In some ways, Arceneaux was born to do this, with music and history and joy seeming to radiate from his aura. His grandfather owned Zypien’s Music & Record Store from 1946 to 2001; first on Iris Street, Lake Charles, and later across from McNeese State University where Raising Cane’s Chicken is now located. In addition to selling musical instruments and sheet music and such, Zypien’s was also the exclusive retailer for Sony products in SWLA back when that was a thing. “Which means if you bought a Walkman in Lake Charles, you bought it from my grandfather,” Arceneaux explains before showing off other unique Sony products that survived and found their way to his store, such as a sound camera – an old reel-to-reel recorder worn around the neck for portability.

A few ideas floated around before Arceneaux looked into taking it over himself; and just like that, The Panorama Music Exchange was created.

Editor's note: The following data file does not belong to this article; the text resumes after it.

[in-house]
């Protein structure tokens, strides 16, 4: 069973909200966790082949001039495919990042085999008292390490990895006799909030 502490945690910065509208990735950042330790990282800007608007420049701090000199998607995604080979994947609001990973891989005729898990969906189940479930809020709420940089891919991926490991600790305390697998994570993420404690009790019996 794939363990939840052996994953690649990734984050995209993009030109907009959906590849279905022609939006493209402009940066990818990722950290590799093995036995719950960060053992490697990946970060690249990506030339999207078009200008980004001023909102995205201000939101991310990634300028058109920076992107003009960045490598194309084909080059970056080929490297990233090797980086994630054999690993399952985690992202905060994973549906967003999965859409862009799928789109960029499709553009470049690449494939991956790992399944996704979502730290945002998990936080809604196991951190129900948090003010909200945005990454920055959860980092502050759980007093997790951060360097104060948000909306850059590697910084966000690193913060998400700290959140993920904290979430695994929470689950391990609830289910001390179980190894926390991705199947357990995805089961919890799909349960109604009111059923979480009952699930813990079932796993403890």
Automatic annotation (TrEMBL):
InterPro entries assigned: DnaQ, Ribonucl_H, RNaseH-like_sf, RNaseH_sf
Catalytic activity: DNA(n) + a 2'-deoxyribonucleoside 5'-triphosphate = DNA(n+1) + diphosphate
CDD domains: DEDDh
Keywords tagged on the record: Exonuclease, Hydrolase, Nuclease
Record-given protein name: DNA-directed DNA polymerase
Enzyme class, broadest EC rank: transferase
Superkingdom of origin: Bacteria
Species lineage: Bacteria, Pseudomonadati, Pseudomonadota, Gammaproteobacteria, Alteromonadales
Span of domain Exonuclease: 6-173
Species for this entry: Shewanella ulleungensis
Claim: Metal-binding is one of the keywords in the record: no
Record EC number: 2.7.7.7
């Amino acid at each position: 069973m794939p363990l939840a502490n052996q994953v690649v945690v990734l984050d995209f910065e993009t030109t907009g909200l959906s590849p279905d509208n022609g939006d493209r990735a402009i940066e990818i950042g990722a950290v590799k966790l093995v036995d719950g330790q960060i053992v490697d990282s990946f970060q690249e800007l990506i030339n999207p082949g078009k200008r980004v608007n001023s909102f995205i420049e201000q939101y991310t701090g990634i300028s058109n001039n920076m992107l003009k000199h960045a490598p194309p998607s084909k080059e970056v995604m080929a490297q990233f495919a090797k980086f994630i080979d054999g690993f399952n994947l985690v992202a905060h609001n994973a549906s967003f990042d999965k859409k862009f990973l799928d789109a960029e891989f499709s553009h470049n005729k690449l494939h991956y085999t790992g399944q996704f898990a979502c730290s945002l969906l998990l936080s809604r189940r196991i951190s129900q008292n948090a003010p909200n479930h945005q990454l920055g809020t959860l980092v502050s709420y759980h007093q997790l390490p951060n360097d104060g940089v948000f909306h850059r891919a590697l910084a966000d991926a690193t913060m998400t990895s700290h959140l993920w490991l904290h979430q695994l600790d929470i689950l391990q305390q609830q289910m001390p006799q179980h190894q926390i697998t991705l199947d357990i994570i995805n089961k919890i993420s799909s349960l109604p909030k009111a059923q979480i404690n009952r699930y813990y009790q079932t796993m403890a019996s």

Arceneaux is like that older brother you never had or a cool uncle you admire; his enthusiasm for what he does is infectious, and he is more than happy to share his wide breadth of knowledge. He says one of his favorite things is when teenagers come in looking for an album on vinyl and engaging with them.

“Teenagers are going through the renaissance of vinyl and audio appreciation,” Arceneaux says, “I have a system set up here, and I’ll have them sit down on the couch, and I’ll crank it. Then you get to experience what a record is. A lot of my job is educating these kids.”

The Panorama Music Exchange, nestled right next door to the Panorama Music House at 331 Broad Street in downtown Lake Charles, is more than just a music store specializing in the sale of vinyl. It’s a mesmerizing mix of music, memorabilia, and random, often forgotten history of Southwest Louisiana.

Music is simply in Arceneaux’s blood, so it’s no surprise that his first dream was playing music, which he did for many years in Texas alongside bands such as The Toadies and New Bohemians. When it appeared that music might not work out long term, the pull of the music shop was there. In 1995, he moved to Lake Charles to help with his grandfather’s shop until it closed. After that, he worked as a carpenter for 20 years, which actually brought him back full circle.

While working on the rebuilding of the Panorama Music House post-hurricane Laura in 2020, the question arose of what to do with the other half of the building.